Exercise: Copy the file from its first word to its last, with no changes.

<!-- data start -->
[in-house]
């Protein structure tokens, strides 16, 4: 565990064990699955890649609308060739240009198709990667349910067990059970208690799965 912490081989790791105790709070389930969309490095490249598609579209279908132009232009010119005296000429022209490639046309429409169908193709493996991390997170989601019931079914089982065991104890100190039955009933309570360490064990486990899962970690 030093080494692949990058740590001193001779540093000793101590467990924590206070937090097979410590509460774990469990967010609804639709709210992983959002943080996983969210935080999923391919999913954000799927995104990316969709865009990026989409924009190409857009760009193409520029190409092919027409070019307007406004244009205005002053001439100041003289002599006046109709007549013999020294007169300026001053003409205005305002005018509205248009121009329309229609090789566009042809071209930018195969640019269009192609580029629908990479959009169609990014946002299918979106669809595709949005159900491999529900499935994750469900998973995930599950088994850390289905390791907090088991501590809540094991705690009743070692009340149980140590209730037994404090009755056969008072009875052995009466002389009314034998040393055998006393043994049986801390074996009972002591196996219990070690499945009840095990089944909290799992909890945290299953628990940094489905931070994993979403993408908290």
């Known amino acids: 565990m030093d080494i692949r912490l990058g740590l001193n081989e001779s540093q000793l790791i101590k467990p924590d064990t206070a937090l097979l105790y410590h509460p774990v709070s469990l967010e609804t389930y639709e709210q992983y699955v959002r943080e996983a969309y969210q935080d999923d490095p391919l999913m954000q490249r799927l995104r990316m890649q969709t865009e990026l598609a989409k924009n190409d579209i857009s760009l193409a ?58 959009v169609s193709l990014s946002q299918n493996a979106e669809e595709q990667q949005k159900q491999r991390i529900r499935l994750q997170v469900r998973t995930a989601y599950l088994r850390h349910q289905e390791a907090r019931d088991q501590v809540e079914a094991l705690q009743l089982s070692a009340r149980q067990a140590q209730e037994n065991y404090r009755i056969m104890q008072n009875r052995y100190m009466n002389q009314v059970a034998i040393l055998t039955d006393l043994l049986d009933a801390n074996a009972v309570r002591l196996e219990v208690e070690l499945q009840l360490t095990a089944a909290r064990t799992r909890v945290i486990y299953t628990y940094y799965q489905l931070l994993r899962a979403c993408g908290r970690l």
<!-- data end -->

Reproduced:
[in-house]
């Protein structure tokens, strides 16, 4: 565990064990699955890649609308060739240009198709990667349910067990059970208690799965 912490081989790791105790709070389930969309490095490249598609579209279908132009232009010119005296000429022209490639046309429409169908193709493996991390997170989601019931079914089982065991104890100190039955009933309570360490064990486990899962970690 030093080494692949990058740590001193001779540093000793101590467990924590206070937090097979410590509460774990469990967010609804639709709210992983959002943080996983969210935080999923391919999913954000799927995104990316969709865009990026989409924009190409857009760009193409520029190409092919027409070019307007406004244009205005002053001439100041003289002599006046109709007549013999020294007169300026001053003409205005305002005018509205248009121009329309229609090789566009042809071209930018195969640019269009192609580029629908990479959009169609990014946002299918979106669809595709949005159900491999529900499935994750469900998973995930599950088994850390289905390791907090088991501590809540094991705690009743070692009340149980140590209730037994404090009755056969008072009875052995009466002389009314034998040393055998006393043994049986801390074996009972002591196996219990070690499945009840095990089944909290799992909890945290299953628990940094489905931070994993979403993408908290």
């Known amino acids: 565990m030093d080494i692949r912490l990058g740590l001193n081989e001779s540093q000793l790791i101590k467990p924590d064990t206070a937090l097979l105790y410590h509460p774990v709070s469990l967010e609804t389930y639709e709210q992983y699955v959002r943080e996983a969309y969210q935080d999923d490095p391919l999913m954000q490249r799927l995104r990316m890649q969709t865009e990026l598609a989409k924009n190409d579209i857009s760009l193409a ?58 959009v169609s193709l990014s946002q299918n493996a979106e669809e595709q990667q949005k159900q491999r991390i529900r499935l994750q997170v469900r998973t995930a989601y599950l088994r850390h349910q289905e390791a907090r019931d088991q501590v809540e079914a094991l705690q009743l089982s070692a009340r149980q067990a140590q209730e037994n065991y404090r009755i056969m104890q008072n009875r052995y100190m009466n002389q009314v059970a034998i040393l055998t039955d006393l043994l049986d009933a801390n074996a009972v309570r002591l196996e219990v208690e070690l499945q009840l360490t095990a089944a909290r064990t799992r909890v945290i486990y299953t628990y940094y799965q489905l931070l994993r899962a979403c993408g908290r970690l």